Exploitation of Noise as Signals for Sensing and Communications
Ram Narayanan, Professor of Electrical Engineering
Radar and Communications Lab
Department of Electrical Engineering
Noise is usually considered undesirable in systems because it corrupts and causes errors in measurements. The problem is all the more acute if the noise level is high compared to the “desired” signal. Several techniques are used to reduce noise and mitigate its effects in order to improve the signal-to-noise ratio (SNR) during signal detection. However, noise can also be exploited as a useful “signal” in several engineering applications, with performance comparable to traditional pulsed and frequency-modulated waveforms. Noise waveforms possess very desirable properties, such as covertness, low probability of detection, anti-jam, resistance to electromagnetic interference, and spectral parsimony.
Dr. Ram Narayanan’s research work focuses on the exploitation of noise as the “desired” signal in applications involving radar sensing and surveillance, communications, networking, and material diagnosis. In the area of radar, he has used noise waveforms for detecting buried mines and improvised explosive devices (IEDs), targets hidden behind dense foliage, humans behind building walls, and concealed weapons. He has developed techniques using noise signals for radio frequency (RF) tag communications, radar networking, and multiple-input-multiple-output (MIMO) radar applications. He has developed a covert noise communication system which appears unpolarized to the arbitrary observer, but is intelligible to the intended recipient. His work with tailored noise, i.e. noise whose spectral and temporal characteristics have been optimized by matching them to the environment, has resulted in enhanced target detection capability. His theoretical research work has been thoroughly validated using noise radar and communications systems constructed and field-tested by his students.
Dr. Narayanan’s work has been sponsored by both government agencies (NSF, NASA, FRA, ARO, ARL, AFOSR, AFRL, ONR, NRL, US Army Corps of Engineers, US Army ARDEC, and MDA) as well as private industry (EPRI, Pacific Gas & Electric, Raytheon, and Centurion International). He is currently funded by AFOSR, ARO, and NRL.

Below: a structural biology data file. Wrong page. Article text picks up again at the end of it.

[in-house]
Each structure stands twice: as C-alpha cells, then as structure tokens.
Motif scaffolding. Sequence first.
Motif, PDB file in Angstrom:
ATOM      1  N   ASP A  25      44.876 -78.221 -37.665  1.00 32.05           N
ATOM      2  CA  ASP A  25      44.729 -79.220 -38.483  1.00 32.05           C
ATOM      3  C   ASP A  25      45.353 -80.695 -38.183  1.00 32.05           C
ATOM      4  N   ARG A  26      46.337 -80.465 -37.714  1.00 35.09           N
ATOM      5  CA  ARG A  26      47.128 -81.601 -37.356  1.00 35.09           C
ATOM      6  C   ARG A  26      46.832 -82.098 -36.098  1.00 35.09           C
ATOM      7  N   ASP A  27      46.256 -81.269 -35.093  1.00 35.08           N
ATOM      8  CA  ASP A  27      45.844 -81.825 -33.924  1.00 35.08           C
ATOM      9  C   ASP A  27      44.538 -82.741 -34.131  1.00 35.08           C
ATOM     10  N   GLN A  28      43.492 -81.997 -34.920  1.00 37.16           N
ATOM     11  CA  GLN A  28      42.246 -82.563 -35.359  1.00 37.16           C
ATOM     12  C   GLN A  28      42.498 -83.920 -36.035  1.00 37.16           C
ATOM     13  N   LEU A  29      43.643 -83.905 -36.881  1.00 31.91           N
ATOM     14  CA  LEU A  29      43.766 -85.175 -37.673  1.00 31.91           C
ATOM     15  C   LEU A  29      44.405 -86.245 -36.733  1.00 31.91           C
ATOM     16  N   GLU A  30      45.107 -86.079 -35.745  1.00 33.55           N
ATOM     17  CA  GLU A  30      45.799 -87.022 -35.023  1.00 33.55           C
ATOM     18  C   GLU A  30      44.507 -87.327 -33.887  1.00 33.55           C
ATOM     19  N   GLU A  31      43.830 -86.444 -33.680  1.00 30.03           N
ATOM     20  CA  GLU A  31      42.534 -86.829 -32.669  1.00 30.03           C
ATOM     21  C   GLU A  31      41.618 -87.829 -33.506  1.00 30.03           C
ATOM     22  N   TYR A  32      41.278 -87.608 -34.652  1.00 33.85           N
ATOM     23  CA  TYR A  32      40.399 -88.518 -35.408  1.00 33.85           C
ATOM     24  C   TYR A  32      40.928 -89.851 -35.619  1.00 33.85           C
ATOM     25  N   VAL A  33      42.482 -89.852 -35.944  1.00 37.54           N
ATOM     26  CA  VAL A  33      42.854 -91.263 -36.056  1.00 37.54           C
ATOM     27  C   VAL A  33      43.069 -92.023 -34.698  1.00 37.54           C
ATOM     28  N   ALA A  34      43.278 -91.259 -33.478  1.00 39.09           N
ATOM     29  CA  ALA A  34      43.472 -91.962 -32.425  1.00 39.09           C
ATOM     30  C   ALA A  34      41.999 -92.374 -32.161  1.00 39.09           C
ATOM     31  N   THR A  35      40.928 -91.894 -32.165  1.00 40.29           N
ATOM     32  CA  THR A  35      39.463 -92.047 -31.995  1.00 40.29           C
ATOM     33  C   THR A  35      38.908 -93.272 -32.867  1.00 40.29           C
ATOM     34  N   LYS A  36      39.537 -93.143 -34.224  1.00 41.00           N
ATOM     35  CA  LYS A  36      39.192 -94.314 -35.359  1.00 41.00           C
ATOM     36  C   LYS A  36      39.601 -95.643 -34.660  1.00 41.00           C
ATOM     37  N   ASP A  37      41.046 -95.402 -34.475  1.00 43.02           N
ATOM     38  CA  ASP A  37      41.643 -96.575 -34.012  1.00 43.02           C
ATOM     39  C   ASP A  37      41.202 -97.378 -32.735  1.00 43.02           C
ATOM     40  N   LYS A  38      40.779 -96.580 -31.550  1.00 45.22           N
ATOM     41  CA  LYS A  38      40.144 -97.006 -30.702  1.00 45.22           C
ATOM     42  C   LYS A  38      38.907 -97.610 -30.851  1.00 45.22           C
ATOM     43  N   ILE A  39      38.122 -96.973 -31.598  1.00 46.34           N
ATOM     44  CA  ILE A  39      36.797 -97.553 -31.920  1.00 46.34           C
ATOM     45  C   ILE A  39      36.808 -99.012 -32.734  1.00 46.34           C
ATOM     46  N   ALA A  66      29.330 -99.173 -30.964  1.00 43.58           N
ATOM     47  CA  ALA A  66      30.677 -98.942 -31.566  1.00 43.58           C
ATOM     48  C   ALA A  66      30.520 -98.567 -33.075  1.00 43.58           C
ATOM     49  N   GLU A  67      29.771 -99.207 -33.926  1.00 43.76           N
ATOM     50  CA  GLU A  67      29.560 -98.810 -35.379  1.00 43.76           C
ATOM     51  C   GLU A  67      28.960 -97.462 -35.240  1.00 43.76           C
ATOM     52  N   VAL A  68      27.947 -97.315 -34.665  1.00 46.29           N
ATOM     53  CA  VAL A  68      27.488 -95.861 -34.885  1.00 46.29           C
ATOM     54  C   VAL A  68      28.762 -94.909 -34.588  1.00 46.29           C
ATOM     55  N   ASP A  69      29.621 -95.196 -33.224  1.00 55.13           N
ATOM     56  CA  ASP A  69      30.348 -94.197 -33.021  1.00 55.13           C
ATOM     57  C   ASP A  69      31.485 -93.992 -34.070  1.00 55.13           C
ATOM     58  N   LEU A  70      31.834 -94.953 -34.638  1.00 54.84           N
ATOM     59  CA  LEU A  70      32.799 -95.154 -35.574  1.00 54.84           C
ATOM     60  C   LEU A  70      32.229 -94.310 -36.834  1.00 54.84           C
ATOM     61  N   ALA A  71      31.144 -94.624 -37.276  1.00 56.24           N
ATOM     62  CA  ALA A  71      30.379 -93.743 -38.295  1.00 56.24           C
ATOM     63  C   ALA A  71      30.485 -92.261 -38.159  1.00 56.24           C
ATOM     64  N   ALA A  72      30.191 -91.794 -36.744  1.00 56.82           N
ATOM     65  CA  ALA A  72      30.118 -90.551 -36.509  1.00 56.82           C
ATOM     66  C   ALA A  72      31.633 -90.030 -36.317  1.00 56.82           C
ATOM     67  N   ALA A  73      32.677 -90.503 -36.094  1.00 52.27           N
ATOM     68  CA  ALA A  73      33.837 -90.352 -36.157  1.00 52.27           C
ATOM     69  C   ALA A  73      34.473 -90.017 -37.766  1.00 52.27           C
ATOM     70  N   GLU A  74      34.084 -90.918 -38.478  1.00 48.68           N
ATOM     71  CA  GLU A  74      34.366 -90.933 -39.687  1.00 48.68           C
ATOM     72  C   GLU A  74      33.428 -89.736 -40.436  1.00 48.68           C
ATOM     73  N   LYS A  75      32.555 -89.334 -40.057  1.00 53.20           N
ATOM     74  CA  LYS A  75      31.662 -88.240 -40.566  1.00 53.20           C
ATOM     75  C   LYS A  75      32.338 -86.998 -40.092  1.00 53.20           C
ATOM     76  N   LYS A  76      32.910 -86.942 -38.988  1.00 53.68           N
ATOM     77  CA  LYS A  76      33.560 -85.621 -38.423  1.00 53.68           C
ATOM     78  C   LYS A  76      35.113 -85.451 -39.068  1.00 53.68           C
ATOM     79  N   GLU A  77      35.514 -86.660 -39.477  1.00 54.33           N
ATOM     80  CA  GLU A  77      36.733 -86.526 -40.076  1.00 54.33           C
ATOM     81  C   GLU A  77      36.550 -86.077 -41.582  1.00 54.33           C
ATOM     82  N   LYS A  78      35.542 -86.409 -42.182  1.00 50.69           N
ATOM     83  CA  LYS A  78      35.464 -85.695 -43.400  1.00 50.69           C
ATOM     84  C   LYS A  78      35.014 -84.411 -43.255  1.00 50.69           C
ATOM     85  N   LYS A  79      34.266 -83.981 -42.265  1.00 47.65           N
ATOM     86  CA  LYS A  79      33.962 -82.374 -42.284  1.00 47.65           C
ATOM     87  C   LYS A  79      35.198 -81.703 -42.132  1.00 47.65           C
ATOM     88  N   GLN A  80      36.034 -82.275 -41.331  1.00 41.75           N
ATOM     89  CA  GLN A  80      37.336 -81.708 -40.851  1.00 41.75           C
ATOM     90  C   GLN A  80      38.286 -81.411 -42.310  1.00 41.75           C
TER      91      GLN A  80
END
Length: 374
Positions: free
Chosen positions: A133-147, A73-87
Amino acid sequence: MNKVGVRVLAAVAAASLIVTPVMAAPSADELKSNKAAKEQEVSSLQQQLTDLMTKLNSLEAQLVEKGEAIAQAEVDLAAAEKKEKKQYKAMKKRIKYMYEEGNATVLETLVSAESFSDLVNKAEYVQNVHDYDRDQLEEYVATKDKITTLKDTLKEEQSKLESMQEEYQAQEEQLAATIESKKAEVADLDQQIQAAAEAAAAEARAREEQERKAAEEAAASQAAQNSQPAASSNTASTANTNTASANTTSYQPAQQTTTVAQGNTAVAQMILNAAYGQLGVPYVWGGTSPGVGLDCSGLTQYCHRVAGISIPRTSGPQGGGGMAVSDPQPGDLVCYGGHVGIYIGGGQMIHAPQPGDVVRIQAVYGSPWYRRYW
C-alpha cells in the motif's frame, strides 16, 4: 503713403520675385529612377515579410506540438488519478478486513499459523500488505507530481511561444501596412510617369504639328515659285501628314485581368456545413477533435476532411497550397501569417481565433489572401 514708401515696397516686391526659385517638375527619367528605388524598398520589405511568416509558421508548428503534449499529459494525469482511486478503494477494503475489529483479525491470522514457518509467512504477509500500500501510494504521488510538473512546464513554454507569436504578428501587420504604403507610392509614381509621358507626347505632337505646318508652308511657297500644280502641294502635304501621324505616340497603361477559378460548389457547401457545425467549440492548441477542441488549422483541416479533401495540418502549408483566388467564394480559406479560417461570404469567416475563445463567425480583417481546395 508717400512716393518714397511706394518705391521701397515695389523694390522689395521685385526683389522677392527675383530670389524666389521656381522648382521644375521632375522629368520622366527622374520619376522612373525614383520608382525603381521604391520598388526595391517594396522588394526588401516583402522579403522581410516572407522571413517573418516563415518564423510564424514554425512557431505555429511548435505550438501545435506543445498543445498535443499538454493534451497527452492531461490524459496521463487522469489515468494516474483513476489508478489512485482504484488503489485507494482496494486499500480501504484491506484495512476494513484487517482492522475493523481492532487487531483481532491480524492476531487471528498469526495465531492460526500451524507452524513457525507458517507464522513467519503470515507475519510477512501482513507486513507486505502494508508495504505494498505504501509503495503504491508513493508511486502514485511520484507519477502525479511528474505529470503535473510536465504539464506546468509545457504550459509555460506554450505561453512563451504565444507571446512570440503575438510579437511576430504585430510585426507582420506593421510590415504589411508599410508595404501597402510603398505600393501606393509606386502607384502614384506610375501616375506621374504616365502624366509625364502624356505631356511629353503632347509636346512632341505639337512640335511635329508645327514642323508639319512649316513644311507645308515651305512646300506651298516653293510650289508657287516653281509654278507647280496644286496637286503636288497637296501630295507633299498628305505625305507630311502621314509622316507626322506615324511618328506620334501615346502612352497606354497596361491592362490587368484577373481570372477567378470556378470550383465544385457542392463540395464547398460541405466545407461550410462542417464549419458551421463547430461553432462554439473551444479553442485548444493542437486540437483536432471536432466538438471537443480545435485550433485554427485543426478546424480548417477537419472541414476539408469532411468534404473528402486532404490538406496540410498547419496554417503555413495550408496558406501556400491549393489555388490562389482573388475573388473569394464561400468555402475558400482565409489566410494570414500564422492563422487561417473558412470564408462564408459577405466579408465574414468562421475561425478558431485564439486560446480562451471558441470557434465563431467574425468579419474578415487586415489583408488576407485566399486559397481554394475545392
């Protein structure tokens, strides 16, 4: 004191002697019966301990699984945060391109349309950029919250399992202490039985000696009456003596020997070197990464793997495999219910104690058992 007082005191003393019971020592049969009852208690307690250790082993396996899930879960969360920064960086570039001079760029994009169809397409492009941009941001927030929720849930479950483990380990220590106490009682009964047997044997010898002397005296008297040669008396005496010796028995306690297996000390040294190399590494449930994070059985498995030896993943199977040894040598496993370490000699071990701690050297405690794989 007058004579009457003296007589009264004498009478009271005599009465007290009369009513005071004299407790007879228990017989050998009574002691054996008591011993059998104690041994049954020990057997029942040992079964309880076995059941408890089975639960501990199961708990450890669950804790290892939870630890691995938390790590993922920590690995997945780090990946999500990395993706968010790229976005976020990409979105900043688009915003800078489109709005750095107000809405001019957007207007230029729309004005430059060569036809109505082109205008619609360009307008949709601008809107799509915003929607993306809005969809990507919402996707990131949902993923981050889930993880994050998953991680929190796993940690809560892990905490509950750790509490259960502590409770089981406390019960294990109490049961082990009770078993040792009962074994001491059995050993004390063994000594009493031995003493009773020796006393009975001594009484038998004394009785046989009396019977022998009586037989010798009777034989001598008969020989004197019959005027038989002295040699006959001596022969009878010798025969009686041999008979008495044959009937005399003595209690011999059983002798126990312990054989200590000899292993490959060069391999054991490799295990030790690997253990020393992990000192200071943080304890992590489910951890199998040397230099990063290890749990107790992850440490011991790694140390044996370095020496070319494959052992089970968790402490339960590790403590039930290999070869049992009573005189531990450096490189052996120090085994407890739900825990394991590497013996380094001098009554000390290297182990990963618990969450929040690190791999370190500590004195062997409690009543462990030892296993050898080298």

Relevant recent publications include:
J. Chuang and R.M. Narayanan, “Performance of non-polarized noise modulated communications system in the presence of interference,” Wireless Personal Communications, vol. 65, pp. 773–796, 2012.
W.J. Chen and R.M. Narayanan, “GLRT plus TDL beamforming for ultrawideband MIMO noise radar,” IEEE Transactions on Aerospace and Electronic Systems, vol. 48, pp. 1858–1869, July 2012.
P.H. Chen, M.C. Shastry, C.P. Lai, and R.M. Narayanan, “A portable real-time digital noise radar system for through-the-wall imaging,” IEEE Transactions on Geoscience and Remote Sensing, vol. 50, pp. 4123–4134, October 2012.
M.C. Shastry, R.M. Narayanan, and M. Rangaswamy, “Waveform design for compressively sampled ultrawideband radar,” Journal of Electronic Imaging, vol. 22, Paper # 021011, 11 pages, April–June 2013, doi: 10.1117/1.JEI.22.2.021011.
Y. Kwon, R.M. Narayanan, and M. Rangaswamy, “Multi-target detection using total correlation for noise radar systems,” IEEE Transactions on Aerospace and Electronic Systems, vol. 49, pp. 1251–1262, April 2013.
S.C. Surender, R.M. Narayanan, and C.R. Das, “Cross-layered resource allocation in UWB Noise-OFDM-based ad hoc surveillance networks,” EURASIP Journal on Wireless Communications and Networking, vol. 2013, Article 4, 24 pages, 2013, doi: 10.1186/1687-1499-2013-4.